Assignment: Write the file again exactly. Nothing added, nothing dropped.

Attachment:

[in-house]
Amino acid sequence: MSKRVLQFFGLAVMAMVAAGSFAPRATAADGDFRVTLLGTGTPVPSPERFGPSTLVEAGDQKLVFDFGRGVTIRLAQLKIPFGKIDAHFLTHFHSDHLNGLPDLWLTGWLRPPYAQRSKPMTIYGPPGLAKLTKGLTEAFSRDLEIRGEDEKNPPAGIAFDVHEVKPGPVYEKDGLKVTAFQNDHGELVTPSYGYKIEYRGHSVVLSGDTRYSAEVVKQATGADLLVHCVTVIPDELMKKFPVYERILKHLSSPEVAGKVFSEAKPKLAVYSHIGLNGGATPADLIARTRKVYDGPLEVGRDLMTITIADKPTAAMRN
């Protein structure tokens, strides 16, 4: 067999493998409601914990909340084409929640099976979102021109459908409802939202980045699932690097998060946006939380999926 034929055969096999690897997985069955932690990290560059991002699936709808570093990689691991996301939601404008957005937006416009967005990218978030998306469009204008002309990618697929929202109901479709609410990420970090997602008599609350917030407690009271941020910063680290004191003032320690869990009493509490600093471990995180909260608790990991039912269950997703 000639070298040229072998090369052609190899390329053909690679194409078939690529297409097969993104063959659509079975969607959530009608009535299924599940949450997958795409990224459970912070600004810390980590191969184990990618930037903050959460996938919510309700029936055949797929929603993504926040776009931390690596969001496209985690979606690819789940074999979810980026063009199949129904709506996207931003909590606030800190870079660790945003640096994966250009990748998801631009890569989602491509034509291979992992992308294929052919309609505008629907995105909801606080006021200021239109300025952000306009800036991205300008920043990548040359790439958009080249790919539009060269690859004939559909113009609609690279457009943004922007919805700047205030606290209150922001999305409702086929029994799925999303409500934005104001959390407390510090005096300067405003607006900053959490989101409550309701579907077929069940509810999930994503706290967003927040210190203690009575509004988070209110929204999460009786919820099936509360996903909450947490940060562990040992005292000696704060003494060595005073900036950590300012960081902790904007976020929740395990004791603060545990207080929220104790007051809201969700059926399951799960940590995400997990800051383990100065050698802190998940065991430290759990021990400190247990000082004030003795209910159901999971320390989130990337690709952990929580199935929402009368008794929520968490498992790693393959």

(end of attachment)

[in-house]
Amino acid sequence: MSKRVLQFFGLAVMAMVAAGSFAPRATAADGDFRVTLLGTGTPVPSPERFGPSTLVEAGDQKLVFDFGRGVTIRLAQLKIPFGKIDAHFLTHFHSDHLNGLPDLWLTGWLRPPYAQRSKPMTIYGPPGLAKLTKGLTEAFSRDLEIRGEDEKNPPAGIAFDVHEVKPGPVYEKDGLKVTAFQNDHGELVTPSYGYKIEYRGHSVVLSGDTRYSAEVVKQATGADLLVHCVTVIPDELMKKFPVYERILKHLSSPEVAGKVFSEAKPKLAVYSHIGLNGGATPADLIARTRKVYDGPLEVGRDLMTITIADKPTAAMRN
């Protein structure tokens, strides 16, 4: 067999493998409601914990909340084409929640099976979102021109459908409802939202980045699932690097998060946006939380999926 034929055969096999690897997985069955932690990290560059991002699936709808570093990689691991996301939601404008957005937006416009967005990218978030998306469009204008002309990618697929929202109901479709609410990420970090997602008599609350917030407690009271941020910063680290004191003032320690869990009493509490600093471990995180909260608790990991039912269950997703 000639070298040229072998090369052609190899390329053909690679194409078939690529297409097969993104063959659509079975969607959530009608009535299924599940949450997958795409990224459970912070600004810390980590191969184990990618930037903050959460996938919510309700029936055949797929929603993504926040776009931390690596969001496209985690979606690819789940074999979810980026063009199949129904709506996207931003909590606030800190870079660790945003640096994966250009990748998801631009890569989602491509034509291979992992992308294929052919309609505008629907995105909801606080006021200021239109300025952000306009800036991205300008920043990548040359790439958009080249790919539009060269690859004939559909113009609609690279457009943004922007919805700047205030606290209150922001999305409702086929029994799925999303409500934005104001959390407390510090005096300067405003607006900053959490989101409550309701579907077929069940509810999930994503706290967003927040210190203690009575509004988070209110929204999460009786919820099936509360996903909450947490940060562990040992005292000696704060003494060595005073900036950590300012960081902790904007976020929740395990004791603060545990207080929220104790007051809201969700059926399951799960940590995400997990800051383990100065050698802190998940065991430290759990021990400190247990000082004030003795209910159901999971320390989130990337690709952990929580199935929402009368008794929520968490498992790693393959």